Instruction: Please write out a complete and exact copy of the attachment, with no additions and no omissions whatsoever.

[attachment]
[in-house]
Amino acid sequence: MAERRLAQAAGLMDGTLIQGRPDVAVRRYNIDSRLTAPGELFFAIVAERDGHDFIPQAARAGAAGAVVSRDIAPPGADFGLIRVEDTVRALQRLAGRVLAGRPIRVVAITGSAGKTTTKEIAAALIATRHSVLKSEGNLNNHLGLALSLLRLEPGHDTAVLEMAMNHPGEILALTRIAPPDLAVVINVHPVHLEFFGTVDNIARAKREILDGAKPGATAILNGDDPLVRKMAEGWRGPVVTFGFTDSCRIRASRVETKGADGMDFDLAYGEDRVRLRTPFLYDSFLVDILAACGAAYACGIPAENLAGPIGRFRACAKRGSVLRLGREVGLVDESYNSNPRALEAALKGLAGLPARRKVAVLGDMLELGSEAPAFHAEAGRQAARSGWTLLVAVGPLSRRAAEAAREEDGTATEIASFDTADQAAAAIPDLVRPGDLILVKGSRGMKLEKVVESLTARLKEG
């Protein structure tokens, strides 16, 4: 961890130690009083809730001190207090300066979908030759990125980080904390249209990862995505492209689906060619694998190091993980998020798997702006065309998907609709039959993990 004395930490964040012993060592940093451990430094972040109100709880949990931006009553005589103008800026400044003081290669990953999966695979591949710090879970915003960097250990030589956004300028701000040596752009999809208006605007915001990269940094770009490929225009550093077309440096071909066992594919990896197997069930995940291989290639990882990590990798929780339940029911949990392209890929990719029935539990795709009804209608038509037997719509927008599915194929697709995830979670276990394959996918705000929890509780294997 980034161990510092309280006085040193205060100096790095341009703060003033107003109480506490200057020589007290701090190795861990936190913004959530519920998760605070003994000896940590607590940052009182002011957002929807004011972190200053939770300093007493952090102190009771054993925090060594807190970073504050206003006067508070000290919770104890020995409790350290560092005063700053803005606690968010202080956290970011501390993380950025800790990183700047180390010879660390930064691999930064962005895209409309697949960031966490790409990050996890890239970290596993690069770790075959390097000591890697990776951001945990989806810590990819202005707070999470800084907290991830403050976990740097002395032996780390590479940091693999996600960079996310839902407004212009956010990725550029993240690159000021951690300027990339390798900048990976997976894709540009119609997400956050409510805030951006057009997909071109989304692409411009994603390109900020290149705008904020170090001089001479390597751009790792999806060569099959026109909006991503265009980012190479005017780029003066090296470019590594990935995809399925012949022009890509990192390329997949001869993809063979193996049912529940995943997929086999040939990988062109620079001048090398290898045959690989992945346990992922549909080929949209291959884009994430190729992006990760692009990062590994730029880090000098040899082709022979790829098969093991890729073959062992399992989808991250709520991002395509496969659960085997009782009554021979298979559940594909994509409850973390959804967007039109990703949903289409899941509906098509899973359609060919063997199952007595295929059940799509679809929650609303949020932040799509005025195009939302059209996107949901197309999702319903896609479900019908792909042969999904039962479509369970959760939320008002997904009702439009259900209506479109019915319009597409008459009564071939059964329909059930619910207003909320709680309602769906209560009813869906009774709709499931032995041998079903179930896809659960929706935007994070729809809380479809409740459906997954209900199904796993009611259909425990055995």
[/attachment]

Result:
[in-house]
Amino acid sequence: MAERRLAQAAGLMDGTLIQGRPDVAVRRYNIDSRLTAPGELFFAIVAERDGHDFIPQAARAGAAGAVVSRDIAPPGADFGLIRVEDTVRALQRLAGRVLAGRPIRVVAITGSAGKTTTKEIAAALIATRHSVLKSEGNLNNHLGLALSLLRLEPGHDTAVLEMAMNHPGEILALTRIAPPDLAVVINVHPVHLEFFGTVDNIARAKREILDGAKPGATAILNGDDPLVRKMAEGWRGPVVTFGFTDSCRIRASRVETKGADGMDFDLAYGEDRVRLRTPFLYDSFLVDILAACGAAYACGIPAENLAGPIGRFRACAKRGSVLRLGREVGLVDESYNSNPRALEAALKGLAGLPARRKVAVLGDMLELGSEAPAFHAEAGRQAARSGWTLLVAVGPLSRRAAEAAREEDGTATEIASFDTADQAAAAIPDLVRPGDLILVKGSRGMKLEKVVESLTARLKEG
């Protein structure tokens, strides 16, 4: 961890130690009083809730001190207090300066979908030759990125980080904390249209990862995505492209689906060619694998190091993980998020798997702006065309998907609709039959993990 004395930490964040012993060592940093451990430094972040109100709880949990931006009553005589103008800026400044003081290669990953999966695979591949710090879970915003960097250990030589956004300028701000040596752009999809208006605007915001990269940094770009490929225009550093077309440096071909066992594919990896197997069930995940291989290639990882990590990798929780339940029911949990392209890929990719029935539990795709009804209608038509037997719509927008599915194929697709995830979670276990394959996918705000929890509780294997 980034161990510092309280006085040193205060100096790095341009703060003033107003109480506490200057020589007290701090190795861990936190913004959530519920998760605070003994000896940590607590940052009182002011957002929807004011972190200053939770300093007493952090102190009771054993925090060594807190970073504050206003006067508070000290919770104890020995409790350290560092005063700053803005606690968010202080956290970011501390993380950025800790990183700047180390010879660390930064691999930064962005895209409309697949960031966490790409990050996890890239970290596993690069770790075959390097000591890697990776951001945990989806810590990819202005707070999470800084907290991830403050976990740097002395032996780390590479940091693999996600960079996310839902407004212009956010990725550029993240690159000021951690300027990339390798900048990976997976894709540009119609997400956050409510805030951006057009997909071109989304692409411009994603390109900020290149705008904020170090001089001479390597751009790792999806060569099959026109909006991503265009980012190479005017780029003066090296470019590594990935995809399925012949022009890509990192390329997949001869993809063979193996049912529940995943997929086999040939990988062109620079001048090398290898045959690989992945346990992922549909080929949209291959884009994430190729992006990760692009990062590994730029880090000098040899082709022979790829098969093991890729073959062992399992989808991250709520991002395509496969659960085997009782009554021979298979559940594909994509409850973390959804967007039109990703949903289409899941509906098509899973359609060919063997199952007595295929059940799509679809929650609303949020932040799509005025195009939302059209996107949901197309999702319903896609479900019908792909042969999904039962479509369970959760939320008002997904009702439009259900209506479109019915319009597409008459009564071939059964329909059930619910207003909320709680309602769906209560009813869906009774709709499931032995041998079903179930896809659960929706935007994070729809809380479809409740459906997954209900199904796993009611259909425990055995």